Free Zone Purchase and Sales Process

Free Zone Purchase and Sales Process

Importers set up warehouses in free zones of a country to save customs duty levied by the government on the import of goods.

The general rule is that if the importer exports the goods to another country from the warehouse set-up in a duty-free zone, then there are no special cost implications on such a transaction. However, if the importer sells these goods within the country to companies that are outside the free zone, then the importer is liable to pay the customs duty on the products that are being sold. If the importer simply transfers the goods from the warehouse in the free zone to another warehouse of the company outside the free zone, then too the importer is liable to pay customs duty on the goods so transferred.

Most ERP systems do not handle either of these transactions seamlessly. Users have to input multiple transactions with manual calculations to ensure that the accounting entries are passed correctly.

Inecom has extended the scope of SAP Business One version for SAP HANA to manage both these transactions seamlessly, viz.-

  • Sales with Cost Uplift
  • Warehouse Transfer with Cost Uplift

Sales with Cost Uplift

Imagine that you imported a product for $100 and stocked it in a warehouse in a free zone. The applicable customs duty on such a product is, say, 5%. Let’s say that the incoterms are FOB and $100 FOB cost that is mentioned on the supplier’s invoice.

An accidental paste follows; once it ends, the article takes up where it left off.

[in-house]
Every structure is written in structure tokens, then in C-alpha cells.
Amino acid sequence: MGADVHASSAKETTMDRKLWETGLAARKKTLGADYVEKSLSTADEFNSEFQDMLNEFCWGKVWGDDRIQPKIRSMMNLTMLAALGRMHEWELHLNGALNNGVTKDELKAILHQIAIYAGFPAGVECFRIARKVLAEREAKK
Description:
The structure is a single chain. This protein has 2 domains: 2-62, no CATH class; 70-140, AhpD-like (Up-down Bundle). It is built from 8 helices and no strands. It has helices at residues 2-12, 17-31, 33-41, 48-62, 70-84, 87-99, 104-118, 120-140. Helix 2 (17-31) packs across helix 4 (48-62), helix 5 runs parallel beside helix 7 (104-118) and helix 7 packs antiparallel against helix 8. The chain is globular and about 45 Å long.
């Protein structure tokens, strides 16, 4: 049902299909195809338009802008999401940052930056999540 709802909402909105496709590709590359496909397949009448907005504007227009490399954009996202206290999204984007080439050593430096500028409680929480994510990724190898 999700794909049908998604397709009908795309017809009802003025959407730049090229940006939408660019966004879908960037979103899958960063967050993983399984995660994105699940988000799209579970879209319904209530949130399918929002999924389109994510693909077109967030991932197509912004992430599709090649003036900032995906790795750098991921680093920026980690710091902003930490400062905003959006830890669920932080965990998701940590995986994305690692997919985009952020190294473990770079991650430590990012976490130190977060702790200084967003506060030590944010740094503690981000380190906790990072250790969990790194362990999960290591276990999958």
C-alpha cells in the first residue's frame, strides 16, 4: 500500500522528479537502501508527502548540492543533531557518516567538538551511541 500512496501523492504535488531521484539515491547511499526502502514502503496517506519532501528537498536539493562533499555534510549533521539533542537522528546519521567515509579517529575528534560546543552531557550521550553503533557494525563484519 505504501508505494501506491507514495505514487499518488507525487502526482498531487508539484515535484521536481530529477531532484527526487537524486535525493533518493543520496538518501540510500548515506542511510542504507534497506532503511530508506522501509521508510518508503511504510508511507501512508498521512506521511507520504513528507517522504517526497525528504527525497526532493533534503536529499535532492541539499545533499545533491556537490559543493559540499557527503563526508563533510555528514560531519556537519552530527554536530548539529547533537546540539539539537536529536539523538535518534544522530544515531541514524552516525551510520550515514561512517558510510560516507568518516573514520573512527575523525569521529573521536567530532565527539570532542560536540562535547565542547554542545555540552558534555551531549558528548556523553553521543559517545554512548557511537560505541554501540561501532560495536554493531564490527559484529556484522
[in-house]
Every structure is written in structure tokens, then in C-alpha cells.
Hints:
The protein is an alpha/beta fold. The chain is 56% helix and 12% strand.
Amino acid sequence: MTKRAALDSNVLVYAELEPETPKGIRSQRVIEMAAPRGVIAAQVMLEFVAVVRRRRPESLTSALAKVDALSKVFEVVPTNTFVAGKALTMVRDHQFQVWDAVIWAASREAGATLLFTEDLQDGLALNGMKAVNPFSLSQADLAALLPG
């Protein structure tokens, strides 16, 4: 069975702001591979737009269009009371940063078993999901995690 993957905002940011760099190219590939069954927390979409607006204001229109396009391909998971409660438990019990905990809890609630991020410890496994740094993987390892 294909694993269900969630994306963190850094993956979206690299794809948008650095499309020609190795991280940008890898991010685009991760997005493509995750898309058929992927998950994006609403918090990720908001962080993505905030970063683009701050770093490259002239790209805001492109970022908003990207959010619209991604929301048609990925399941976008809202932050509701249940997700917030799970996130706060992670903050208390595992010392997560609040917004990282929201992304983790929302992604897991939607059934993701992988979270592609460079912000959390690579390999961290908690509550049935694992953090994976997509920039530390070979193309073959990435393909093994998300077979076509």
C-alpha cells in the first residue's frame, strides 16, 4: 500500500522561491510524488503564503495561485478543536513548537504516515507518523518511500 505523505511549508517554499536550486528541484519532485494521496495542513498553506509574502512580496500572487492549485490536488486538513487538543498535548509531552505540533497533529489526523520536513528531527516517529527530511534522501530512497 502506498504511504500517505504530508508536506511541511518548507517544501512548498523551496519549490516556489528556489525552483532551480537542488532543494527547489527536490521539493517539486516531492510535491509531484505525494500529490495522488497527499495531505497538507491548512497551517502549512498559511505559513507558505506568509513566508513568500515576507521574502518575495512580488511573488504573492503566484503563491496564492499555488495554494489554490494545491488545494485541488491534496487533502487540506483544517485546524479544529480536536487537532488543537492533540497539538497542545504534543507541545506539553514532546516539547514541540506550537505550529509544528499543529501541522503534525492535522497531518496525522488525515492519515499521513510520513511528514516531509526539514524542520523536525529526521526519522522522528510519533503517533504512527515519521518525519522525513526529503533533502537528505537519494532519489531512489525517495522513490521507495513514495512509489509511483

Most governments levy customs duty on the CIF price. If the supplier’s incoterms are FOB, the government loads that by a certain % to arrive at the CIF price and calculates the customs duty.

While the supplier’s invoice is in $, the customs duty, however, is always levied in the local currency. Another variable to consider here is the exchange rate that the customs department assumes, which is often different from the one used by banks.

When a sale is made of this product, the COGS (Cost of Goods Sold) is computed at $100 plus 5% of the CIF value of this product, where $100 is converted into local currency.

Inecom’s Sales with Cost Uplift functionality does this seamlessly.

Inecom’s enhancement to SAP B1 version for SAP HANA also takes into consideration that if the buyer is a manufacturer, then some countries exempt application of customs duty even though the manufacturer is outside the free zone.

Warehouse Transfer with Cost Uplift

Imagine that the product imported for $100 is being transferred to another warehouse of the company outside the free zone.

The applicable customs duty on such a product is, say, 5% on the CIF value.

The cost of this product in the Receiving Warehouse needs to be increased by the amount of customs duty payable. This is done by following the warehouse transfer transaction by a Stock Revaluation in the receiving warehouse.

The exercise of Stock Revaluation must take into consideration the method of valuation of the item, i.e., Batch, FIFO, or Moving Average. Special care needs to be taken, especially in the case of Moving Average when the item has some stock in the Receiving Warehouse from before.

Inecom’s Warehouse Transfer with Cost Uplift functionality does this seamlessly.

Audit

The importer needs to maintain an audit trail of the imported consignment to prove that all customs duty wherever applicable was paid and has the necessary documentation to prove all obtained exemptions.

This entire functionality is embedded in Inecom’s Extended Inventory Add-on that is offered at no additional cost to customers that sign-up for Inecom’s Helpdesk in addition to SAP’s standard AMC.